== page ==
Parry's Voyages for the Discovery of the North-West Passage

On the 15th, Lieutenant Liddon was enabled to sail, in the execution of his orders. Captain Parry, however, observing that the Griper made little or no way, hoisted the signal of recall, with the intention of making one more attempt to penetrate westward. The ice had so far separated as to allow him to sail a mile and a half along shore, when he was again stopped. He was fortunate in finding a tolerably secure situation for the Hecla within the grounded ice; but the Griper was left by the wind in a place where, should the ice press upon her, there could be no hope of safety. For fear of the worst, Captain Parry made preparations to send. parties to assist the Griper's company, if the wreck should become unavoidable; but they were shortly after relieved from all anxiety on this account, by the recession of the ice from the shore, whereby the Griper was enabled to gain a station near the Hecla.

The ice to the west and southwest, as seen from their present station, gave them no reason to expect a speedy opening in the desired direction. It appeared as solid and compact as so much land; to which the inequalities of the surface gave it no small resemblance. Captain Parry, there fore, determined to defer the attempt to try a more southern latitude no longer.

The point at which the ships were now lying, and which is the westernmost to which Arctic navigation has ever been carried, is in latitude 74 deg. 26 min. 25 sec. and longitude 113 deg. 64 min. 43 sec. Cape Dundas seen yet farther west, is in longitude 113 deg. 57 min. 35 sec., by which the length of Melville island appears to be about a hundred and thirty-five miles, and its breadth, at the meridian of Winter Harbor, from forty to fifty miles.

At nine P. M., they were abreast of the place where they had landed on the 5th, and here perceived that the ice closed with the land a little to the eastward. There was no safety for the ships, unless they could get past one of the small points at the embouchure of a revine, against which a floe was setting the smaller pieces of ice and had blocked up the pass age before they arrived. After heaving two hours at the halsers, they succeeded in getting through, and moored the ships to some very heavy grounded ice near the beach. Hares were observed here, feeding on the sides of the cliffs, and a few ptarmigans were seen. The place where the Hecla was now secured, being the only one of the kind which could be found, was a little harbor, formed, as usual, by the grounded ice, some of which was fixed to the bottom in ten or twelve fathoms. One side of the entrance to this harbor consisted of masses of floes, very regular in their shape, placed quite horizontally, and broken off so exactly perpendicular, as to resemble a handsome, well-built wharf. On the opposite side, however, the masses to which they looked for , security were themselves rather terrific objects, as they leaned over so much towards the ship, as to give the appearance of their being in the act of falling upon her deck; and as a very trifling concussion often produces the fall of much heavier masses of ice, when in appearance very firmly fixed to the ground, Captain Parry gave orders that no guns should be fired near the ship during her continuance in this situation. The Griper was of necessity made fast near the beach, in rather an exposed situation, and her rudder unshipped, in readiness for the ice coming in; it remained quiet, however, though quite close, during the day, the weather being calm and fine.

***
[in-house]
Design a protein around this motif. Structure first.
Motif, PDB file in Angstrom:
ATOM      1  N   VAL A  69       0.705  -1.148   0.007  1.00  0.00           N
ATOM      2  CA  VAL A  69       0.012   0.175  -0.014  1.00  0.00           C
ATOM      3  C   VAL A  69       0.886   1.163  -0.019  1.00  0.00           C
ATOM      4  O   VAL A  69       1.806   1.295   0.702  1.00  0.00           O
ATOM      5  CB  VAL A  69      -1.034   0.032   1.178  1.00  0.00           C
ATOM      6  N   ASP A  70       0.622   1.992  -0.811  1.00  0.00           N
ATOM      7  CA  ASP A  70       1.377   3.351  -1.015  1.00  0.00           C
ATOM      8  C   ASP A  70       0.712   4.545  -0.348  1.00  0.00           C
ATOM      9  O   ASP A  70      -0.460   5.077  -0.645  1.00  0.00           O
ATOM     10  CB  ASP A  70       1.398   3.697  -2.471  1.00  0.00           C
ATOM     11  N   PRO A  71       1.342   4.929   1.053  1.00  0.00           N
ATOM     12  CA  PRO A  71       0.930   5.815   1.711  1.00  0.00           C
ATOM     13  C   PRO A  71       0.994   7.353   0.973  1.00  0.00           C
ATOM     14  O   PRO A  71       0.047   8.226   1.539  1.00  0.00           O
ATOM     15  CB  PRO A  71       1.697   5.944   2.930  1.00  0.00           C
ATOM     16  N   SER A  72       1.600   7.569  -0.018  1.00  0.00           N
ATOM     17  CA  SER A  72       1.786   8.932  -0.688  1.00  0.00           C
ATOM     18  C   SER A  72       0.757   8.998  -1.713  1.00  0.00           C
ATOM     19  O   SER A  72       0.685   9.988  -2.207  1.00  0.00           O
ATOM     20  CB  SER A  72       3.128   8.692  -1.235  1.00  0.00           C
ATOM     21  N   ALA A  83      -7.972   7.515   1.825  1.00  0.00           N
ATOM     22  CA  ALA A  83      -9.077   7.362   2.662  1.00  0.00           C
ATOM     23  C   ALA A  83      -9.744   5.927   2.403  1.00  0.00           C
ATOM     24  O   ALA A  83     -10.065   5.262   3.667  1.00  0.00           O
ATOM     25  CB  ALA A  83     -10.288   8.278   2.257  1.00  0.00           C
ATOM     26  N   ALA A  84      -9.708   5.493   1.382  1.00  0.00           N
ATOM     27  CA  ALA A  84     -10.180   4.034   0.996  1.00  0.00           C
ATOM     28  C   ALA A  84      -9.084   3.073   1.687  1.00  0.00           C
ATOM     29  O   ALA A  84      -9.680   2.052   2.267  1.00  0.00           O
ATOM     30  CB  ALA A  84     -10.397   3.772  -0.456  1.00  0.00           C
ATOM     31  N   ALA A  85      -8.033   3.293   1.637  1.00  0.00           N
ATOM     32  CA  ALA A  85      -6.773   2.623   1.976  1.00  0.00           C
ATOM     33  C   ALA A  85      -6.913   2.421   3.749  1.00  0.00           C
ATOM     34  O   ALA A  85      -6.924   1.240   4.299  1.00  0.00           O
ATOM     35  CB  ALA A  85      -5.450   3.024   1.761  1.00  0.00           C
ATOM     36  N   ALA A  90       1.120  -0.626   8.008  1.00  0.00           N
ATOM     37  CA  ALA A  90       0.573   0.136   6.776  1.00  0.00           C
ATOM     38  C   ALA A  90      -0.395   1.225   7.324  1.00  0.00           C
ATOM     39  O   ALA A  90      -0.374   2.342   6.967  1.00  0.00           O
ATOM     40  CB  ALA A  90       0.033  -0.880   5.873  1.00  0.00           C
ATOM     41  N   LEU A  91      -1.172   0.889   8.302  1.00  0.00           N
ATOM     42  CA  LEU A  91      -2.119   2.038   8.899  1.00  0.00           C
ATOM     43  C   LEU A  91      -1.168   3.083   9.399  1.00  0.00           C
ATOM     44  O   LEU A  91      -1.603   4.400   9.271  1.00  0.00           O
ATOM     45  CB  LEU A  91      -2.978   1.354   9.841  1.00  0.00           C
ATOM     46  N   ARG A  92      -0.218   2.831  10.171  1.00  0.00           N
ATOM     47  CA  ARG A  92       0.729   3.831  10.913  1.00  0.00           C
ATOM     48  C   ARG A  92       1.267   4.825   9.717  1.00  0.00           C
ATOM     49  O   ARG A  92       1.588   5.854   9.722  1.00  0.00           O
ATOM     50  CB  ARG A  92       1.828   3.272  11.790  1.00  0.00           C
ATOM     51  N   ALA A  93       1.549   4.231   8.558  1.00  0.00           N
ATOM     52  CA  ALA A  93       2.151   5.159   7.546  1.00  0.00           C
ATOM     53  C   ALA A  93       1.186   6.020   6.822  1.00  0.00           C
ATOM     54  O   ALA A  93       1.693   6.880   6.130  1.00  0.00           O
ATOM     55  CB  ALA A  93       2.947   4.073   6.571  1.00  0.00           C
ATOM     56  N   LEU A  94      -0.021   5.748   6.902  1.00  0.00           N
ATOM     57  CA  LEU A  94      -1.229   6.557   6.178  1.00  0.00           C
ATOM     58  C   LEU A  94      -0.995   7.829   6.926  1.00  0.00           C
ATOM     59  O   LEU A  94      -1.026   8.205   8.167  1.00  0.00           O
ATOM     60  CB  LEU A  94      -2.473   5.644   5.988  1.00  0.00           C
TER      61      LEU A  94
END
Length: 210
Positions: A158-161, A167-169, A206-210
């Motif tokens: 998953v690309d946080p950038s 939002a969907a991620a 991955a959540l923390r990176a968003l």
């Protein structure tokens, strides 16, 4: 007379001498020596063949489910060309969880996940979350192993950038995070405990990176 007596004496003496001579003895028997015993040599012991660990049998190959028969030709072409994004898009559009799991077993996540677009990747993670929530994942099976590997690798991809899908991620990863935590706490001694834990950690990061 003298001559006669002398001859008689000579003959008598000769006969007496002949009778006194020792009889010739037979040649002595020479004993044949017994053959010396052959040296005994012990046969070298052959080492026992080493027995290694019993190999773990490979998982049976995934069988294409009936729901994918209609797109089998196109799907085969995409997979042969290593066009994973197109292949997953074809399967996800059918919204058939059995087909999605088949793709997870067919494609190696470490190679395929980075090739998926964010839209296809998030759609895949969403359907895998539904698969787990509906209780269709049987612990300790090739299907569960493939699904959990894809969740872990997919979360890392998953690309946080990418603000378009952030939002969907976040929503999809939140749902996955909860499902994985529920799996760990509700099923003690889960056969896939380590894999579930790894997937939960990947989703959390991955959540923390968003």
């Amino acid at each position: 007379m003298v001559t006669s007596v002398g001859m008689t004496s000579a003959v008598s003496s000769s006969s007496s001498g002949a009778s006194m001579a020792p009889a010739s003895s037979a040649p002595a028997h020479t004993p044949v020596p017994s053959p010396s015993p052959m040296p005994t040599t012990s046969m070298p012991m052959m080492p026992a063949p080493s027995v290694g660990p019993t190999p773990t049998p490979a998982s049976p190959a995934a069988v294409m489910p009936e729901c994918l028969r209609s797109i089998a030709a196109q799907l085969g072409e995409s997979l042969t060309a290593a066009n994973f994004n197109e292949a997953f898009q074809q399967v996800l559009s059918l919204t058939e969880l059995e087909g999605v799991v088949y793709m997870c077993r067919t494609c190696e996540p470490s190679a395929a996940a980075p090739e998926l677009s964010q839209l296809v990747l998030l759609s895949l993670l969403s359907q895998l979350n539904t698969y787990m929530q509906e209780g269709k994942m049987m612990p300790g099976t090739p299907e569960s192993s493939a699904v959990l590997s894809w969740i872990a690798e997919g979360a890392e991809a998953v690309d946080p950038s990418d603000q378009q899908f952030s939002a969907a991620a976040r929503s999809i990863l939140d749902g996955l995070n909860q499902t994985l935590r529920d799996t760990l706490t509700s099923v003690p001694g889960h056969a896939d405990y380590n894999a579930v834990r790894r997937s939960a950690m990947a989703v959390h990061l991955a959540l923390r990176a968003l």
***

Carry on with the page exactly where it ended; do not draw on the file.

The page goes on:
In the evening of the 18th, some heavy pieces of grounded ice to which the bow halser of the Hecla was fastened, fell off into the water, snapping the rope without injuring the ship. Nevertheless, as every alteration of this kind must materially change the centre of gravity of the whole mass, it was thought prudent to move the Hecla out of her harbor to the place where the Griper was lying, lest some of the bergs should fall upon her deck and crush or sink her.

On the 20th and 21st, the young ice formed to such a degree, as to cement together all the loose ice about the ships; nor did it thaw on either of those days, though the sun shone clearly upon it for several hours. The main body remained close and firm in every direction. The same state of things obtained on the 22d, and in the morning of the 23d, the young ice was an inch and a half thick. A breeze springing up from the westward put it in motion, so that by noon the ships were able to warp out and proceed eastward. In a short time, however, the ice closed so firmly around them that they became wholly unmanageable, and received many blows, more severe than any they had received before. After having drifted with the ice six miles, they were made fast to some grounded ice.